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NEWS | July 10, 2017

Have safe summer vacations with planning, risk management

By Airman Dillon Parker 502nd Air Base Wing

Summertime means vacation and travel for many service members and their families, but enjoyable road trips can turn unpleasant or even deadly without proper planning and risk management.

Tech. Sgt. Michael Evans, 502nd Air Base Wing NCO in charge of the safety office, echoed this sentiment and imparted some tips to stay safe while taking a vacation.

“It’s very important to plan properly for your trip,” Evans said. “The main thing is to make sure your vehicle is good to go to keep you out of dangerous situations.”

Travelers should make sure all fluids are where they’re supposed to be and, most importantly, that tires have proper inflation and tread, Evans added.

Tire failure contributed to 43.3 percent of crashes in the United States between 2005 and 2007, according to the Air Force Safety Center.

Another important aspect of preparing a vehicle for travel is to stock a safety kit.

“You just never know when that might come in handy,” Evans said. “Spare tire; reflective cones and vest; flashlights and batteries — they’re all very important when you’re planning a trip.”

While preparing a vehicle is important, it’s also important for travelers themselves to be prepared.

“You want to make sure you get enough rest before you take off,” Evans explained. “Don’t work a full eight hours then turn around and expect to drive 10 hours; fatigue is a pretty common cause of accidents.”

Ensuring proper rest before the trip is not enough to ward off fatigue completely.

“You definitely should plan stops every two hours or so to stretch and rest,” said Evans, adding that it’s important not to drive more than six to eight hours in one day.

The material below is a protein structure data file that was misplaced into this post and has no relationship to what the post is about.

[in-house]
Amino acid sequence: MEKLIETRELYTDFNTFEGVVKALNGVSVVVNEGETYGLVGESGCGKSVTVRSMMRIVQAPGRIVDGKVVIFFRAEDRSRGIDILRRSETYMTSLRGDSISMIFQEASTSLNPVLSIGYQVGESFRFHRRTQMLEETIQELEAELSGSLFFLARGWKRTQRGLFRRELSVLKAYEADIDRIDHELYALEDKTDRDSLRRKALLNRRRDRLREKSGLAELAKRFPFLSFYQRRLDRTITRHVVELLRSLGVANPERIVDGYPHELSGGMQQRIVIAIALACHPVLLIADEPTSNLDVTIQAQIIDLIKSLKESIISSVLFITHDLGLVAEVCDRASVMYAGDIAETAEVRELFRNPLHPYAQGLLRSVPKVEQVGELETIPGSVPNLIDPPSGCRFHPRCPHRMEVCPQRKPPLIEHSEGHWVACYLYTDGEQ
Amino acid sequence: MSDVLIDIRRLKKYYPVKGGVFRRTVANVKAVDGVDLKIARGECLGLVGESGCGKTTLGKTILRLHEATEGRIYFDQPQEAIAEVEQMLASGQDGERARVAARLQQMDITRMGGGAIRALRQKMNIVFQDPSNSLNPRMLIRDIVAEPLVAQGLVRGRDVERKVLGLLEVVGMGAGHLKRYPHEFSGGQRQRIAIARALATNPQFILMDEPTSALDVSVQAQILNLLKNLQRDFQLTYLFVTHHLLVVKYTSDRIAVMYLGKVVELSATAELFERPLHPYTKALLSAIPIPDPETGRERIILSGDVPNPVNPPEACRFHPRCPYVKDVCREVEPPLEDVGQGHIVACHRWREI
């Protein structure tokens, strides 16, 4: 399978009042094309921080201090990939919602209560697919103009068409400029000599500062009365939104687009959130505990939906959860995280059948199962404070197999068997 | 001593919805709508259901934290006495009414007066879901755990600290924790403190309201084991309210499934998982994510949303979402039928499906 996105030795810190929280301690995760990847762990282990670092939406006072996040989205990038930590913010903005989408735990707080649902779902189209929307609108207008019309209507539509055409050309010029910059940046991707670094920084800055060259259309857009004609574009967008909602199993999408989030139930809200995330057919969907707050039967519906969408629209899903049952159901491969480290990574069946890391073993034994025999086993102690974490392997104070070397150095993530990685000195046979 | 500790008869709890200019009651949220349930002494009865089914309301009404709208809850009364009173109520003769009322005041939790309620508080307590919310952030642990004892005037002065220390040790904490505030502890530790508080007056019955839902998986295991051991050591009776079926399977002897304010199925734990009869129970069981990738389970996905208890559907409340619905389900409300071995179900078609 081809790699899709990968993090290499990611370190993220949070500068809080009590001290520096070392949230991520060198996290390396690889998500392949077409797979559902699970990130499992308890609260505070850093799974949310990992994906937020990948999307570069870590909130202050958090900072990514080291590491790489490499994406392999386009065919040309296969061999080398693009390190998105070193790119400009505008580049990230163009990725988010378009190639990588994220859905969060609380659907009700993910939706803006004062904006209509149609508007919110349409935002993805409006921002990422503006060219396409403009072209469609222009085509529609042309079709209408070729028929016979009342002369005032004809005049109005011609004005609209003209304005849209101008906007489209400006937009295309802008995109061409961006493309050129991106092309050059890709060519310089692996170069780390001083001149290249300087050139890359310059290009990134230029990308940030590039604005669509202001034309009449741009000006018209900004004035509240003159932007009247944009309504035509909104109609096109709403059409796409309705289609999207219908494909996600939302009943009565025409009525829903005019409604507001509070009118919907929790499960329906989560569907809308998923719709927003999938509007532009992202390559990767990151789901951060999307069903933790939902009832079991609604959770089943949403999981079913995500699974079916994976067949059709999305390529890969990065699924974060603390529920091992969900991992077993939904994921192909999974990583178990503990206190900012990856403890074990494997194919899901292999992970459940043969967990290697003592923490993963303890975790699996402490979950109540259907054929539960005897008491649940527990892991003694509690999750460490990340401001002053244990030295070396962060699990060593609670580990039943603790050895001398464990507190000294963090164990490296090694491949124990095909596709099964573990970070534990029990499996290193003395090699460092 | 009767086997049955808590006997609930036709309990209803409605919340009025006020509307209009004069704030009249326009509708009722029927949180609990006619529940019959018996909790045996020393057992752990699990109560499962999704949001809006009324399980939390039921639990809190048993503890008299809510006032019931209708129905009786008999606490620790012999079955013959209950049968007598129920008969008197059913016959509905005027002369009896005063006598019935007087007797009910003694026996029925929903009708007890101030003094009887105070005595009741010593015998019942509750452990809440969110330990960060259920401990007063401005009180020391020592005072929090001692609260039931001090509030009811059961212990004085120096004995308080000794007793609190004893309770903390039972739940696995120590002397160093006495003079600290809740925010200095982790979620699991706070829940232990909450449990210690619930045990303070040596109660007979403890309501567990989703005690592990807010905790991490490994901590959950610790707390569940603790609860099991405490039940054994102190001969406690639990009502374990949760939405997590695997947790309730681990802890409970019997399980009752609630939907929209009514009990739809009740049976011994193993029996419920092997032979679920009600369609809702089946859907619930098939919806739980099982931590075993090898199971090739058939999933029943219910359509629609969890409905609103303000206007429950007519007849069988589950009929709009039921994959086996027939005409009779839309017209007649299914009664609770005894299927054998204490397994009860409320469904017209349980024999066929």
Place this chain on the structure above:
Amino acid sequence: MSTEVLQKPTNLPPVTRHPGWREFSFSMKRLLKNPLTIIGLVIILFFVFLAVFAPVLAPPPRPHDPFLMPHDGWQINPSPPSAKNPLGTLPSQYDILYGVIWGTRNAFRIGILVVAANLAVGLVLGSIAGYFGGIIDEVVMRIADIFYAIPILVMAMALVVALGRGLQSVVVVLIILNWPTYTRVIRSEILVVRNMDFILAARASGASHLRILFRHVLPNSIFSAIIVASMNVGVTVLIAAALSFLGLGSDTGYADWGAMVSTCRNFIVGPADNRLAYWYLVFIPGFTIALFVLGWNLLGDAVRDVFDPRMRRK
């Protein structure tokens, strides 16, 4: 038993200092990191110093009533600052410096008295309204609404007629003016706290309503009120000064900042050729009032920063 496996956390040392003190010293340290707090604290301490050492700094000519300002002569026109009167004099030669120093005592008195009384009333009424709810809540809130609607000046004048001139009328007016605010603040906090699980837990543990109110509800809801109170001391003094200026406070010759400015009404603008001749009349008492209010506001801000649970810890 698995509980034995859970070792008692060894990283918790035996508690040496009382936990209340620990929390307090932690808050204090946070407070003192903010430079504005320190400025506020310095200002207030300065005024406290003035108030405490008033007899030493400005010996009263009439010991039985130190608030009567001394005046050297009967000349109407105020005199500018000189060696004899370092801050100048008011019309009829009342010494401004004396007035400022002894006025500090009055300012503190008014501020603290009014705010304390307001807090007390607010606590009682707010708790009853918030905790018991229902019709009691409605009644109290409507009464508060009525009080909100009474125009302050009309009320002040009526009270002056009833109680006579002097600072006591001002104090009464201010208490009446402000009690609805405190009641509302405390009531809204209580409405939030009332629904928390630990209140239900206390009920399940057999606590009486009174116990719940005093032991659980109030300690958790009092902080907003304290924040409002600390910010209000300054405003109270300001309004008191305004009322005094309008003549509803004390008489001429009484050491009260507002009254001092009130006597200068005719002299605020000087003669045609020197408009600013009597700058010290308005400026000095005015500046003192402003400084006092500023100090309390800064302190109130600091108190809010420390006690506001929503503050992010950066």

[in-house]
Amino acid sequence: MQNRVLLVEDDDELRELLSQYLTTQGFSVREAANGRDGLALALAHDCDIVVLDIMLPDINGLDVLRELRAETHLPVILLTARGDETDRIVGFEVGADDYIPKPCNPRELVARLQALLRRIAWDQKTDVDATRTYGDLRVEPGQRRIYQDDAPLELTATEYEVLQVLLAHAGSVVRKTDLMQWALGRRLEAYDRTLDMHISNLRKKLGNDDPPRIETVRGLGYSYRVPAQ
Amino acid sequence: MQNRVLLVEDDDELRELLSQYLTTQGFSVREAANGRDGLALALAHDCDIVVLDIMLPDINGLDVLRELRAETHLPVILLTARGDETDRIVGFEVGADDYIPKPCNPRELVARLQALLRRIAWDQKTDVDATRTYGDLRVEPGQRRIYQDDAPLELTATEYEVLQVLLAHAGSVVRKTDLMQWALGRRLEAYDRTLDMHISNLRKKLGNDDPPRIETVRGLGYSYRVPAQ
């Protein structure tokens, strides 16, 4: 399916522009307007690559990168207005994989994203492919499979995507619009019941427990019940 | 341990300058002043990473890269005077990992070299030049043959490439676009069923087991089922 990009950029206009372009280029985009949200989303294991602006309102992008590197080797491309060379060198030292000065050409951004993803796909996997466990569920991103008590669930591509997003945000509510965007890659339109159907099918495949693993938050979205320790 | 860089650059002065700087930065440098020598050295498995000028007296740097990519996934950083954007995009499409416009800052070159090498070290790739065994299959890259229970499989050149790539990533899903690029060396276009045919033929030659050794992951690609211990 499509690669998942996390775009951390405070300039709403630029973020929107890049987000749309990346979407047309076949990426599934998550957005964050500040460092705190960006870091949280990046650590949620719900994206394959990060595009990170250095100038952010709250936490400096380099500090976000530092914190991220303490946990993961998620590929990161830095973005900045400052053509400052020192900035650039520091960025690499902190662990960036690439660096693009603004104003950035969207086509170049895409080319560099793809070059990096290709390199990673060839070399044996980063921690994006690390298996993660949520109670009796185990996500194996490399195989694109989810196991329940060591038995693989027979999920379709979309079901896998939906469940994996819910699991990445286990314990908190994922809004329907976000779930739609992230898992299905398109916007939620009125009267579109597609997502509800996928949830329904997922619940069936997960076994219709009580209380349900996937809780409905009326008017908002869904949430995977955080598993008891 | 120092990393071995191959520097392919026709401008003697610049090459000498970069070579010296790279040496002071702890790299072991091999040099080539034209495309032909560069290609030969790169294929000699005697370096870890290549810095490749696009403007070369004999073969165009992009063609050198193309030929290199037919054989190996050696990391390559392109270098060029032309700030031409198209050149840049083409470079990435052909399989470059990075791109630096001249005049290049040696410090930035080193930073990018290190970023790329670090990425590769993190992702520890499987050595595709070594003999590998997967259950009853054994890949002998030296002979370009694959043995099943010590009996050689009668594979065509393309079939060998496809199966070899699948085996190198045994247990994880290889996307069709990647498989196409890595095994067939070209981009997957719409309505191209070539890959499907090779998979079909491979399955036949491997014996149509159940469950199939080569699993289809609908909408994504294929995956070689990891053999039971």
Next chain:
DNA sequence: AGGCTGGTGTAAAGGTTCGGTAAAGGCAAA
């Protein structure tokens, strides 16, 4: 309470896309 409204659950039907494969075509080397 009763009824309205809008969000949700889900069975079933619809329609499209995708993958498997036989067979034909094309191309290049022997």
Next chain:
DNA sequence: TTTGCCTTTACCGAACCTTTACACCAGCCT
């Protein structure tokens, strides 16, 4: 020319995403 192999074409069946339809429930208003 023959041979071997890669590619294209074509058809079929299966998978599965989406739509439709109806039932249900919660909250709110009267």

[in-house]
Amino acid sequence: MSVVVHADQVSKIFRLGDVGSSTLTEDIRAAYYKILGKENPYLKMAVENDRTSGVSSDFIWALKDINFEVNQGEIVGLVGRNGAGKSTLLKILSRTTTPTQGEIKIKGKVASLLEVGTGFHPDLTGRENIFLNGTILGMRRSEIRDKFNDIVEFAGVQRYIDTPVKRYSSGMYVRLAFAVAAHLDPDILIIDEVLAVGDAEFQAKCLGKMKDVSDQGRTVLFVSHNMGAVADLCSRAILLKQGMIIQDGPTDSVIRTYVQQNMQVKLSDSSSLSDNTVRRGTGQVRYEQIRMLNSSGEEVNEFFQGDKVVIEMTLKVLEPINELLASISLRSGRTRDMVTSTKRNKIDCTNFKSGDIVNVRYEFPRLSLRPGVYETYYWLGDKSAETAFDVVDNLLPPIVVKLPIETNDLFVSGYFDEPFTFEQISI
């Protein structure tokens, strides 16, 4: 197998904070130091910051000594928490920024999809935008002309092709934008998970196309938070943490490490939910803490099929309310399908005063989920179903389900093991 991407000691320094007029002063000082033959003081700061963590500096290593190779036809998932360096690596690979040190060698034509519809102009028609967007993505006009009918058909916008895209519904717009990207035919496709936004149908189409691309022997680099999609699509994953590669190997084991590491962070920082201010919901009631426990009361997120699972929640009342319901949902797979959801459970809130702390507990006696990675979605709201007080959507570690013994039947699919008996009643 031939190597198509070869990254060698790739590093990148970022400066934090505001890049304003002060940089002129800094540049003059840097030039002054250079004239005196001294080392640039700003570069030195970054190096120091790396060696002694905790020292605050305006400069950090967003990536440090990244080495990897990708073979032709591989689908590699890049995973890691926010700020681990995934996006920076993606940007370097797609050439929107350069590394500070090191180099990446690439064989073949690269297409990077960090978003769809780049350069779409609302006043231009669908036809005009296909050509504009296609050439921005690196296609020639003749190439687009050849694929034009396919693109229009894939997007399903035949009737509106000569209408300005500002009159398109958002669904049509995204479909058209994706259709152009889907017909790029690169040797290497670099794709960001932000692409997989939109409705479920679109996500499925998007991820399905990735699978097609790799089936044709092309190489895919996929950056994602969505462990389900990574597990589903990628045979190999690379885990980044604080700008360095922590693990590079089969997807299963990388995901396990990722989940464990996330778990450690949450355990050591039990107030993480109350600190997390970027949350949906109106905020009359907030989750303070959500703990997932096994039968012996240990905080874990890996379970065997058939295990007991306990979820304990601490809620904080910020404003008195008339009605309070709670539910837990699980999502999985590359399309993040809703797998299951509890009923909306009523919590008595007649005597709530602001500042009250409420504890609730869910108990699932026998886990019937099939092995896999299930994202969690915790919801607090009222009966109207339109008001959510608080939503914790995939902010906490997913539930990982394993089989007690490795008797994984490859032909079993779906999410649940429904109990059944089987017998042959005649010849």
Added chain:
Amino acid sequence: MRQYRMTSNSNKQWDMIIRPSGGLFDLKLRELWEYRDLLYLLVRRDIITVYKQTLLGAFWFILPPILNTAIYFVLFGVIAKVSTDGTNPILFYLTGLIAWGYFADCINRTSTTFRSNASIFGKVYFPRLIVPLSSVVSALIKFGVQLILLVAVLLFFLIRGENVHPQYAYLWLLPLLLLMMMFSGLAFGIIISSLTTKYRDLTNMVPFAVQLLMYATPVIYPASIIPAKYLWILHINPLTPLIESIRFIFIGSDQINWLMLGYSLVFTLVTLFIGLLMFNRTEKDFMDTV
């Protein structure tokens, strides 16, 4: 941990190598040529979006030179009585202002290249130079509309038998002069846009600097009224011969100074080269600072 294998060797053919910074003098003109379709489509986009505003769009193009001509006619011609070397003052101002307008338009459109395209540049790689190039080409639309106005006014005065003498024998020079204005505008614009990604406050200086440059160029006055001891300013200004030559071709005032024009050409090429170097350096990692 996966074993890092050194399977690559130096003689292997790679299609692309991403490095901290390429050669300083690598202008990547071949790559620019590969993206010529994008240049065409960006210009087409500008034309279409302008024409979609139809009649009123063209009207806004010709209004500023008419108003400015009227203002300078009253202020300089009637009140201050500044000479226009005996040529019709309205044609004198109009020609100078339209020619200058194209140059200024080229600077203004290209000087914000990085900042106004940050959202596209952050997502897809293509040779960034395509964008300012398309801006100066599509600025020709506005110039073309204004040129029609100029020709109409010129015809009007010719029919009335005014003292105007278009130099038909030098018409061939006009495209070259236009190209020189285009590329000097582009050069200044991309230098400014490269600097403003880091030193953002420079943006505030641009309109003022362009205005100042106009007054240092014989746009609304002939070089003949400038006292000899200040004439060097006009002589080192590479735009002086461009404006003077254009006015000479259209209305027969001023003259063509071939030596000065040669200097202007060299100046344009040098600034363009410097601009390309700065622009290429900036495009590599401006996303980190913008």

There are also safety habits people should employ while at hotels during longer trips.

“Secure your belongings in your room; most hotels provide safes,” Evans said. “Make sure your door is secure and just be mindful of your surroundings.”

The National Crime Prevention Council advises vacationers to carry travelers’ checks instead of cash and to record information of valuables taken on their trip. Travelers should also learn about their vacation destinations before they arrive to include knowing what sites they want to visit and how to get there using a safe, well-traveled route.

Before leaving for a trip, there are various safety techniques people can employ to ensure their home is secure and safe while they are gone.

It’s important to lock all windows and doors and lean on a friend or neighbor, Evans suggested.

“Make sure you have someone you trust watching over your home and reporting any suspicious activity,” Evans said.

Evans conveyed one last piece of advice, “In risk management we have this acronym called ACT."

ACT stands for, assess the situation, consider the options, and take the appropriate actions, said Evans. ACT can be used to minimize the risk when dangerous situations arise.

For more information on occupational safety during the summer season, contact a local safety office at Joint Base San Antonio-Fort Sam Houston at 210-221-4543; JBSA-Lackland at 210-671-5028; and JBSA-Randolph at 210-652-1843.